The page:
Lexical tone languages like Mandarin Chinese require listeners to discriminate among different pitch patterns. A syllable spoken with a rising pitch (e.g. bí ‘nose’) carries a different meaning than the same syllable spoken with a falling pitch (e.g. bì ‘arm’). For native speakers (L1) of a non-tonal language, accurate perception of tones in a second language (L2) is notoriously difficult. Musicians, however, have typically shown an aptitude for lexical tone learning due to the unique perceptual demands of music. This study tested whether musical effects can be exploited to improve linguistic abilities in the general population. A pre-test, 8-week training, post-test design was used to measure L1 English participants’ sensitivity to tone. Individual Differences Scaling was used to measure participants’ weighting of pitch height and movement cues. Participants took part in classroom Mandarin learning only (+L2), musical ear training only (+Music), or classroom learning combined with musical training (+L2+Music). An L1 Mandarin group served as a baseline. At pre-test, mean sensitivity to tone and multidimensional scaling results were similar across all three L1 English groups. After training, all three L1 English groups improved in mean sensitivity, though only the +L2+Music group did so at a significant rate. Multidimensional scaling revealed that all groups increased their weighting of the more informative pitch movement cue at roughly equal rates. Short-term musical training thus affected change in cue weighting of linguistic pitch in a manner comparable to that occurring after a semester of L2 classroom learning. When combined with classroom learning, short-term musical training resulted in even greater sensitivity to pitch movement cues. These results contribute to models of music-language interaction and suggest that focused application of non-linguistic acoustic training can improve phonetic perception in ways that are relevant to language learning.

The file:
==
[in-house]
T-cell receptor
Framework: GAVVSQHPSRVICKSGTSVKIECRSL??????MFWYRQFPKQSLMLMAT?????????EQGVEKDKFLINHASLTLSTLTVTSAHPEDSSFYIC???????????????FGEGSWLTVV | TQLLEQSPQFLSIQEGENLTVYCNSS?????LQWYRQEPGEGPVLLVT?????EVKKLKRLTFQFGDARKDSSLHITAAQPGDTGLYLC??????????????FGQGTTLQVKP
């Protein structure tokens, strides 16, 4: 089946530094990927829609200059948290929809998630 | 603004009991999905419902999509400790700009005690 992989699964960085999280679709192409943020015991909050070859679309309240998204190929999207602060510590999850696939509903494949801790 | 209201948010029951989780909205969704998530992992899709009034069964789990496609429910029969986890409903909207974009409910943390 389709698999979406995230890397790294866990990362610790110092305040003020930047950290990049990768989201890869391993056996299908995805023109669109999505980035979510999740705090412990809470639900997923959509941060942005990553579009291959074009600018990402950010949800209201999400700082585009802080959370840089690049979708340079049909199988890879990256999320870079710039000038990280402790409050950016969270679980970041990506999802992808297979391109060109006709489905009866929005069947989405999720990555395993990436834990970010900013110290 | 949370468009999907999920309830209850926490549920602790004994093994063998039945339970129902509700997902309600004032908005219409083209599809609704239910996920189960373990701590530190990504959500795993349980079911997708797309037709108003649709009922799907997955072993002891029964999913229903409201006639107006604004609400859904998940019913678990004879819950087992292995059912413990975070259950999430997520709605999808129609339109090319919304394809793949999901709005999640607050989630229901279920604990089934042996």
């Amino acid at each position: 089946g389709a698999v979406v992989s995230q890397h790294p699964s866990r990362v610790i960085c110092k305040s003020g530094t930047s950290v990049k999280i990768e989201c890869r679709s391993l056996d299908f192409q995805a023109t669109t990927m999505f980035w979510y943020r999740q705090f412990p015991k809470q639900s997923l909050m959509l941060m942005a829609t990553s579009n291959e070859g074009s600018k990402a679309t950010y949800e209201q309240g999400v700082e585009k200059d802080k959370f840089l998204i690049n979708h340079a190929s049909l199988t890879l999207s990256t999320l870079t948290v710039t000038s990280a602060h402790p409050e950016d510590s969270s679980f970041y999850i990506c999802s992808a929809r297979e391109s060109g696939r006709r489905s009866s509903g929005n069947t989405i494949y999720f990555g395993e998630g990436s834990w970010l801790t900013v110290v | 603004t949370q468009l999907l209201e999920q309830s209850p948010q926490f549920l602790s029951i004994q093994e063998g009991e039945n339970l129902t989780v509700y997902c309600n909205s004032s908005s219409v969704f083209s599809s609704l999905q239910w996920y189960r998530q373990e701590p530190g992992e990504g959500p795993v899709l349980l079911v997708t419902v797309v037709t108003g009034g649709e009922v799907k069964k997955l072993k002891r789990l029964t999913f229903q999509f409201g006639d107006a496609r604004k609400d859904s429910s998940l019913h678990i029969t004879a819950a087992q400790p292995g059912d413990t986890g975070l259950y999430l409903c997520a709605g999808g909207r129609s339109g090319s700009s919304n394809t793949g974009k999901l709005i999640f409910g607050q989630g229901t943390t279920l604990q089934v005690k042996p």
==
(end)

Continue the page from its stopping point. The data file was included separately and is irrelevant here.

All Science Journal Classification (ASJC) codes
- Language and Linguistics
- Linguistics and Language